Is a College Degree Worth It?

Like all investments, college is a bet not a guarantee.

Like all investments, college is a bet not a guarantee.

Thanks to rising tuition costs and a tough job market, in 2011 college seniors graduated with an average of nearly $27,000 in student loan debt.  According to the College Board, going to college costs between three and four times as much as it did 20 years ago and the fees continue to rise. While college-educated people do stand a better chance of landing a job than those who don’t go to college, the time it takes to pay back the money laid out for a degree is growing, causing many to ask the question, “Is a College Degree Worth It?”

The U.S. Census Bureau data says yes. According to the statistics, college grads in 2011 made $42,822 annually, while those with just a high school GED made $23,528. That’s an 82% jump for four years of what many call the “best years” of their life. Money isn’t the only issue, though. With successful college-dropouts like Mark Zuckerberg, Bill Gates and Steve Jobs, many young people wonder if going to college is the right decision for them. It’s also becoming harder and harder to deny the significance of an undergraduate degree as companies now require a degree for jobs such as a file clerk that didn’t require one a decade ago.

While there are many arguments for and against going to college, one University of Arkansas graduate is attempting to answer the question. Jared Moore built a free website tool called College Risk Report to help students assess the financial risk they face for a prospective college and career path versus alternative career paths such as a 2-year degree. Moore launched the website as a side project when he realized that people he knew simply did not know what they were getting into when they signed up for college and student debt. All of Moore’s data has been obtained off public sources, but as the website grows, he says he plans to buy more data to adjust for certain nuances.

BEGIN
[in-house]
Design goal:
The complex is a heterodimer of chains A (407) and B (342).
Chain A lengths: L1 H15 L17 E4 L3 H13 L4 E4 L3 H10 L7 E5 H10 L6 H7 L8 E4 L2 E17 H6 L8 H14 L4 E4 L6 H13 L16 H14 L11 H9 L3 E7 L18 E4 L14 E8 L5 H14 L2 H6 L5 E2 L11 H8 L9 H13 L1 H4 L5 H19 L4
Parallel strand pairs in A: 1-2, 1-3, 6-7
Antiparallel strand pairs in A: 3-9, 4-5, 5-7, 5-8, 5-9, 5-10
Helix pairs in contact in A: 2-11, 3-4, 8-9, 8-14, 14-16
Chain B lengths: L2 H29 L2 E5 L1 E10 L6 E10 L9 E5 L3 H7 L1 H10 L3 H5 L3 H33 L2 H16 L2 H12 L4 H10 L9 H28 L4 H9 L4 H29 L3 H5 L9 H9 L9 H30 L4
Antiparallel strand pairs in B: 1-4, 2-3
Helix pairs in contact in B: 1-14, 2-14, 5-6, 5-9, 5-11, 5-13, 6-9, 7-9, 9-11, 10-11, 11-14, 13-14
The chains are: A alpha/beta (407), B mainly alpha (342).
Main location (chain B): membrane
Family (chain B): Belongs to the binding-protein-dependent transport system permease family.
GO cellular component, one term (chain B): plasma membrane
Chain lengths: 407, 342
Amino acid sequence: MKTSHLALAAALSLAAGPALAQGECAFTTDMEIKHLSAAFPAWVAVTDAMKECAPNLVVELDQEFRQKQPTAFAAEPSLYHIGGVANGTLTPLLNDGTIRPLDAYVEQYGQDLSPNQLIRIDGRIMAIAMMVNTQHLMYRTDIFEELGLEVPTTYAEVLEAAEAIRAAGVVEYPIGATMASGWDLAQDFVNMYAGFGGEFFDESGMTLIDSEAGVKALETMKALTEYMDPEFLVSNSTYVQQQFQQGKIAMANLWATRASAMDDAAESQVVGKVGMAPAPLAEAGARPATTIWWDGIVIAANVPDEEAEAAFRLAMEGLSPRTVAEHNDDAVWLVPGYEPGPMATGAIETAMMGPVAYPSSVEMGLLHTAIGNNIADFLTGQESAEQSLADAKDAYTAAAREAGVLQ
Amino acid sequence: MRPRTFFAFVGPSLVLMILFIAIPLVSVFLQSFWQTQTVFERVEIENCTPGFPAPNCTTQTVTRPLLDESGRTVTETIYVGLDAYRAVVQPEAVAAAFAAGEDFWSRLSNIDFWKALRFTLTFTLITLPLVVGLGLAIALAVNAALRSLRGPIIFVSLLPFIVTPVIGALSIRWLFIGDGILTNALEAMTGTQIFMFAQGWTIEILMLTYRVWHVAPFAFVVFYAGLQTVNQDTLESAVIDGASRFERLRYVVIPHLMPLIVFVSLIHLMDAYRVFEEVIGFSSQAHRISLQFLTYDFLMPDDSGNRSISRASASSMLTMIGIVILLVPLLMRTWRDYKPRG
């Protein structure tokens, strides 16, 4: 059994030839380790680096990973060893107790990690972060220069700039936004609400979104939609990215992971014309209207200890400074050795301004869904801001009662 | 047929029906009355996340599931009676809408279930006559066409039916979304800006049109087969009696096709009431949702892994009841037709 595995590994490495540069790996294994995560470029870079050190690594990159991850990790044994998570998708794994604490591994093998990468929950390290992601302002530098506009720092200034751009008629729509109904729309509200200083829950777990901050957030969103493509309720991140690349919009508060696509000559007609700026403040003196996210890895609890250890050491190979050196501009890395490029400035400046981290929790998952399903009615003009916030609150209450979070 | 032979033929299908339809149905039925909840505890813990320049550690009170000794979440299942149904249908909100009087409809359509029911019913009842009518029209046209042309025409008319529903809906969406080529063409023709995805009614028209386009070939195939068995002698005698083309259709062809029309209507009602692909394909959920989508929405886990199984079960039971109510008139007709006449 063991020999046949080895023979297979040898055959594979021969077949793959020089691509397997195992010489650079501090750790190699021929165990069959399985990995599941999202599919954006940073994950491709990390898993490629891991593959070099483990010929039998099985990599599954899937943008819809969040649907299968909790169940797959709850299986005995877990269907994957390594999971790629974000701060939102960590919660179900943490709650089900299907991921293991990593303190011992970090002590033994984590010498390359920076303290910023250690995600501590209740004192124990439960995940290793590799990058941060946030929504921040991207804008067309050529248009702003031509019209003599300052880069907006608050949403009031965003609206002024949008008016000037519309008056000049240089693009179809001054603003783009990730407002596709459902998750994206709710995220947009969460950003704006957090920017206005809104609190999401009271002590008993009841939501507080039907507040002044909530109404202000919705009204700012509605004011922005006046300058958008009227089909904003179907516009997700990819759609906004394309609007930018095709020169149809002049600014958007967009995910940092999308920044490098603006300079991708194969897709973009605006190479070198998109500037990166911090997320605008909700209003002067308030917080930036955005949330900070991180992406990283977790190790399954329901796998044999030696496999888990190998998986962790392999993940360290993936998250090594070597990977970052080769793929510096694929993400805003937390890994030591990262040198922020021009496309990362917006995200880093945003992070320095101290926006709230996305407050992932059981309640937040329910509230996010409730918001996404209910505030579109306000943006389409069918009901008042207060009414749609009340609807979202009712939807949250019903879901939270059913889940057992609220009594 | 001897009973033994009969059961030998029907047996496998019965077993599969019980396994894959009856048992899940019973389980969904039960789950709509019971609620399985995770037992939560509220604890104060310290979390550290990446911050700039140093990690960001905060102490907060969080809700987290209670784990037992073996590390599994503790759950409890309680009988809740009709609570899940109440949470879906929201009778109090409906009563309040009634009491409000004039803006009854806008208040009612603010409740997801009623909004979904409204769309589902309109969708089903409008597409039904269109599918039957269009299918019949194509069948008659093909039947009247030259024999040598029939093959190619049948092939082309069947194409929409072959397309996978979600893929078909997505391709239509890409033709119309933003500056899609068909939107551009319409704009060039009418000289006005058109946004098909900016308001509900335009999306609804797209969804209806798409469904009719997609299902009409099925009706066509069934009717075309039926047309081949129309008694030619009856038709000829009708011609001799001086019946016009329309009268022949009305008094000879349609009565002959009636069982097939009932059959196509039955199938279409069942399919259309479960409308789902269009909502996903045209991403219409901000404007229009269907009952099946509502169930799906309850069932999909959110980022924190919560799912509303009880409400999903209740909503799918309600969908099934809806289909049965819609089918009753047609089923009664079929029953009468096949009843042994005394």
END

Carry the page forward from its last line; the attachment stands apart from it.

Here’s how it works. The website guides a student through a three-step process to generate a free personalized report about the financial merits of a desired college career path and compares the path to a two-year degree path and a high-school-only path. By answering 3 simple questions, the report will be produced and provided to the student without any personal information.

Though this information can be very helpful, Moore warns that the analysis on the website may leave out certain important factors that a student may also want to consider when deciding if college is the right choice for them. This includes the intangible perks of personal connections that can be made by attending a college (especially brand-name colleges), mentorships and the development of social and networking skills that you may need later on in life.

Like all investments, college is a bet not a guarantee. Depending on who you are, what you want, where you choose to go and what choices you make while there, it may pay off or it may not. With tools like the College Risk Report website, students have the opportunity to look at what the financial investment could mean for their future.

Westface College Planning can help you navigate the college saving and funding process from start to finish. To learn how we can help you call us at 650-587-1559 or sign up for one of our Tackling the Runaway Costs of College Workshops or Webinars.

Photo Credit: Tax Credits

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